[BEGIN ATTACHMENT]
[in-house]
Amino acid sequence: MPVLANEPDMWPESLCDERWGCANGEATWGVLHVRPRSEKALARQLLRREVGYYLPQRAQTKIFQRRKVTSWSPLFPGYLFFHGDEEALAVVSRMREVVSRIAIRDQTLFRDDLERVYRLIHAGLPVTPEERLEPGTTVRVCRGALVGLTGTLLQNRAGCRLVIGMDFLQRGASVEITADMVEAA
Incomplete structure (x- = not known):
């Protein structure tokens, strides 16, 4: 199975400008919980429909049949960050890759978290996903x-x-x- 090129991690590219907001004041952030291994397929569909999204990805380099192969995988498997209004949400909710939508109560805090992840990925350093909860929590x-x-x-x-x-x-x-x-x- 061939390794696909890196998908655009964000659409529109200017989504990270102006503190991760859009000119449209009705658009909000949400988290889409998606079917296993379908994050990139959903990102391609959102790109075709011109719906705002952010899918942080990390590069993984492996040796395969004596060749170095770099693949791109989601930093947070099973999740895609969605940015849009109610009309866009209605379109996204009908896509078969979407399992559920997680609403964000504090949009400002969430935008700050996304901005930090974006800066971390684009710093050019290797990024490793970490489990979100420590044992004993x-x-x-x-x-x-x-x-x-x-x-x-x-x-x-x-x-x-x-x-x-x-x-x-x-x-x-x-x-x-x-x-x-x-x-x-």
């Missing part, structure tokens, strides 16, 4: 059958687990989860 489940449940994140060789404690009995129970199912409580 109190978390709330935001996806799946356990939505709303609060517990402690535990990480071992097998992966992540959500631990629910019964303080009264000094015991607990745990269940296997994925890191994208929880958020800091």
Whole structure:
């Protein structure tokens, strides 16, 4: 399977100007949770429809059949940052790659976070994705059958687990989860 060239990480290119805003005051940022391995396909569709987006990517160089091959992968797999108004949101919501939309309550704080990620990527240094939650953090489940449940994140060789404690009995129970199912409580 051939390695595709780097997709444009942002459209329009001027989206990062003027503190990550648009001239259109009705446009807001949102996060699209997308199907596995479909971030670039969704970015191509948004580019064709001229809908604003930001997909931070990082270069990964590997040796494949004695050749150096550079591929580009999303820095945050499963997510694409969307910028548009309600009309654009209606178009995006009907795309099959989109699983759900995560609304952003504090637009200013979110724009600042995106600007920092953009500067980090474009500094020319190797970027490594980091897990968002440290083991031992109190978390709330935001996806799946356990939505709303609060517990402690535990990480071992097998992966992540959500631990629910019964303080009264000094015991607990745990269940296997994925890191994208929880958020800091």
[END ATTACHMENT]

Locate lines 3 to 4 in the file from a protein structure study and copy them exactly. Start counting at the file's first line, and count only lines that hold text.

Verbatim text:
Incomplete structure (x- = not known):
């Protein structure tokens, strides 16, 4: 199975400008919980429909049949960050890759978290996903x-x-x- 090129991690590219907001004041952030291994397929569909999204990805380099192969995988498997209004949400909710939508109560805090992840990925350093909860929590x-x-x-x-x-x-x-x-x- 061939390794696909890196998908655009964000659409529109200017989504990270102006503190991760859009000119449209009705658009909000949400988290889409998606079917296993379908994050990139959903990102391609959102790109075709011109719906705002952010899918942080990390590069993984492996040796395969004596060749170095770099693949791109989601930093947070099973999740895609969605940015849009109610009309866009209605379109996204009908896509078969979407399992559920997680609403964000504090949009400002969430935008700050996304901005930090974006800066971390684009710093050019290797990024490793970490489990979100420590044992004993x-x-x-x-x-x-x-x-x-x-x-x-x-x-x-x-x-x-x-x-x-x-x-x-x-x-x-x-x-x-x-x-x-x-x-x-």